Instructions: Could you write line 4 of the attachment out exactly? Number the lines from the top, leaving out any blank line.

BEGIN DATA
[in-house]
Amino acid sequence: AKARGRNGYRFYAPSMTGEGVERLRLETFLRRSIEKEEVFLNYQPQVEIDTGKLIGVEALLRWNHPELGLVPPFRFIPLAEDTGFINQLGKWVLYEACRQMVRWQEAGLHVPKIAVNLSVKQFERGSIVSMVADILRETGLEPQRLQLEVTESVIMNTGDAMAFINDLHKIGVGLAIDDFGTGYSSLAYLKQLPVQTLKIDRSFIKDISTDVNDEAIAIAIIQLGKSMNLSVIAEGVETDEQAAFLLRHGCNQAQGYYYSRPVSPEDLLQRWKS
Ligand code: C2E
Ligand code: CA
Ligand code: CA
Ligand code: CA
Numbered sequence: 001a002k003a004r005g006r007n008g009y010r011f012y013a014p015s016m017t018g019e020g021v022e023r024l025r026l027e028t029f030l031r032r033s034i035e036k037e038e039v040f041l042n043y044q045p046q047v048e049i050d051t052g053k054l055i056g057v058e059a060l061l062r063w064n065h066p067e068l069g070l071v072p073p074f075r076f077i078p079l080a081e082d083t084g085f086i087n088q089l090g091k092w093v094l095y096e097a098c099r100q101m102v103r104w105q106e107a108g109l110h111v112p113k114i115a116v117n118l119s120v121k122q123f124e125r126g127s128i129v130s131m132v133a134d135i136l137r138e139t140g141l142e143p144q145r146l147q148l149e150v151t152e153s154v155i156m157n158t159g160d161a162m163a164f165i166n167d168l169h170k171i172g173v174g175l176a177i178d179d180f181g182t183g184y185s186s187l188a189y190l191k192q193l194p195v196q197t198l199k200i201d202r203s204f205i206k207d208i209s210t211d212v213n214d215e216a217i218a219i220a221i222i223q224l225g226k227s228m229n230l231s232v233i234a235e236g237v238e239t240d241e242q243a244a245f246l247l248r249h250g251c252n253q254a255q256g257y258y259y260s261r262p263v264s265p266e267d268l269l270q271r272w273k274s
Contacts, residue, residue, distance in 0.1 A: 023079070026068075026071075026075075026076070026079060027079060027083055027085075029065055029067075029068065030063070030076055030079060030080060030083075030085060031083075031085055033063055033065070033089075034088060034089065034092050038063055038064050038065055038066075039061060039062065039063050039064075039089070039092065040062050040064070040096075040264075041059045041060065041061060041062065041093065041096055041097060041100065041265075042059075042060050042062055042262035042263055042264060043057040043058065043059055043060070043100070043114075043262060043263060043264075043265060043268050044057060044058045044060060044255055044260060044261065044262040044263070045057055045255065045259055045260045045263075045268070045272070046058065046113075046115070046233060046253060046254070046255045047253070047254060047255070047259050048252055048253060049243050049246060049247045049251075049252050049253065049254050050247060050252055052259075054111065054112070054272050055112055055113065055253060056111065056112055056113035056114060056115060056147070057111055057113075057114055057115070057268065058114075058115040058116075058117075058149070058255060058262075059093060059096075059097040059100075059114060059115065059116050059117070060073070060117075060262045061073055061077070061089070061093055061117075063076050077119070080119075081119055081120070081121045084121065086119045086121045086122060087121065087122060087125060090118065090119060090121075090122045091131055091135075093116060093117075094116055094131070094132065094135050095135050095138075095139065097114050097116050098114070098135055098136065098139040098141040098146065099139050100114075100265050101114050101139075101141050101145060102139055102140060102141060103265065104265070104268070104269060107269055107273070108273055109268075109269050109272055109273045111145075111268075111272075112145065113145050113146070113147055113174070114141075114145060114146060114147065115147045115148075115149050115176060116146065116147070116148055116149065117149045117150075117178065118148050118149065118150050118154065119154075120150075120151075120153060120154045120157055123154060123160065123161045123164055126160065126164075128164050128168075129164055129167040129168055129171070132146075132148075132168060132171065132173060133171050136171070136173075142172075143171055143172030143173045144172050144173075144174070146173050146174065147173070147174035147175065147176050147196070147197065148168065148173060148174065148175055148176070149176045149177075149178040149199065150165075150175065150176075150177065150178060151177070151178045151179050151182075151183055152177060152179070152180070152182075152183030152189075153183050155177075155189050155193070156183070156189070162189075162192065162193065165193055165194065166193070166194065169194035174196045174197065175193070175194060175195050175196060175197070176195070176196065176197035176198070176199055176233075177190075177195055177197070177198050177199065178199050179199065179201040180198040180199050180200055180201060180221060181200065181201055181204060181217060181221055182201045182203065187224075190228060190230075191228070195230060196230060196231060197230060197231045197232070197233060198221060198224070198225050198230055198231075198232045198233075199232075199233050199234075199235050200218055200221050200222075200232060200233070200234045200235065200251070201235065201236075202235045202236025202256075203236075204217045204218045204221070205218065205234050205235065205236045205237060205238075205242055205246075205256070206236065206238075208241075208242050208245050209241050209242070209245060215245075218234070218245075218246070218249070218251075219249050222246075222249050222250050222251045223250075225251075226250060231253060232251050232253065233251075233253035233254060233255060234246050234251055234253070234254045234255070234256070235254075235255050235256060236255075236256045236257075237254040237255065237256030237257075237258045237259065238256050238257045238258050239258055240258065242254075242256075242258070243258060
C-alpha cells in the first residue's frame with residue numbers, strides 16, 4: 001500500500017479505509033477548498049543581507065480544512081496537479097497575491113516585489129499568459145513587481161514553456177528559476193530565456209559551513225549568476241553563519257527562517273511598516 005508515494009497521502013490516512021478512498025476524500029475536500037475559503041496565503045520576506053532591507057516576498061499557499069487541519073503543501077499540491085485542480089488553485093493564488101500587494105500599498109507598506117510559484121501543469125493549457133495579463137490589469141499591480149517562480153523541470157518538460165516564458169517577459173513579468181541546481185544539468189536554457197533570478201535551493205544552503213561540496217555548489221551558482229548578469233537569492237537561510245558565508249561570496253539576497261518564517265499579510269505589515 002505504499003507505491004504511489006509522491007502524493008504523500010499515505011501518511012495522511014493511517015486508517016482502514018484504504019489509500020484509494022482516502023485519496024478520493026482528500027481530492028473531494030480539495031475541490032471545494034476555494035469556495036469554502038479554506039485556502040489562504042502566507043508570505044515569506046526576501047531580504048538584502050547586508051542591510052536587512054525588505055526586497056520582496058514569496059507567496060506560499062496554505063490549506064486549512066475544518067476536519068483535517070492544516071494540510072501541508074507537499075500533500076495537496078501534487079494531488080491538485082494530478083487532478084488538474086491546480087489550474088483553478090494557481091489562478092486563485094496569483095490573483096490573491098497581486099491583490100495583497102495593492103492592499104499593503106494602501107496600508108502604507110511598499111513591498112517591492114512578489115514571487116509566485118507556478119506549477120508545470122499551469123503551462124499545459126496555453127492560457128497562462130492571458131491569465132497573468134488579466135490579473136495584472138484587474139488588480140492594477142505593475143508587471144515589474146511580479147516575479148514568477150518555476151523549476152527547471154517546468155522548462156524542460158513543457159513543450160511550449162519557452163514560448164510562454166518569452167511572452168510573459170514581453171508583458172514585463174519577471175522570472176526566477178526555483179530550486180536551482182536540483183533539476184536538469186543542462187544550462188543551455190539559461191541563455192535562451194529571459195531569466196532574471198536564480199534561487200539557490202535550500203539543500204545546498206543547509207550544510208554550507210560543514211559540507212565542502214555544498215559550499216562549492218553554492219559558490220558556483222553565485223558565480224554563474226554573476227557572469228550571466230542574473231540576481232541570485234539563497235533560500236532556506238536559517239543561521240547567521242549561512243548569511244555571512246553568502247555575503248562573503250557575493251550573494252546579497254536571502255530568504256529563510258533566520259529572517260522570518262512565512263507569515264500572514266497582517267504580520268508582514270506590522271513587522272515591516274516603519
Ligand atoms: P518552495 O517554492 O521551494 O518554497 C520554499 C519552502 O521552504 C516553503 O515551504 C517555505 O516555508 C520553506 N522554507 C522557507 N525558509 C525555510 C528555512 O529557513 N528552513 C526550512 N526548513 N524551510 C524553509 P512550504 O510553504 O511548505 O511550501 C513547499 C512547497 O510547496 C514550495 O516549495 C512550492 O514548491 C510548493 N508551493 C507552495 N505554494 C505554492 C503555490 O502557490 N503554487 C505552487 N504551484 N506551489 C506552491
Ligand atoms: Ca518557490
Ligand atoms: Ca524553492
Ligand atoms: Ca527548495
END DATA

Ligand code: CA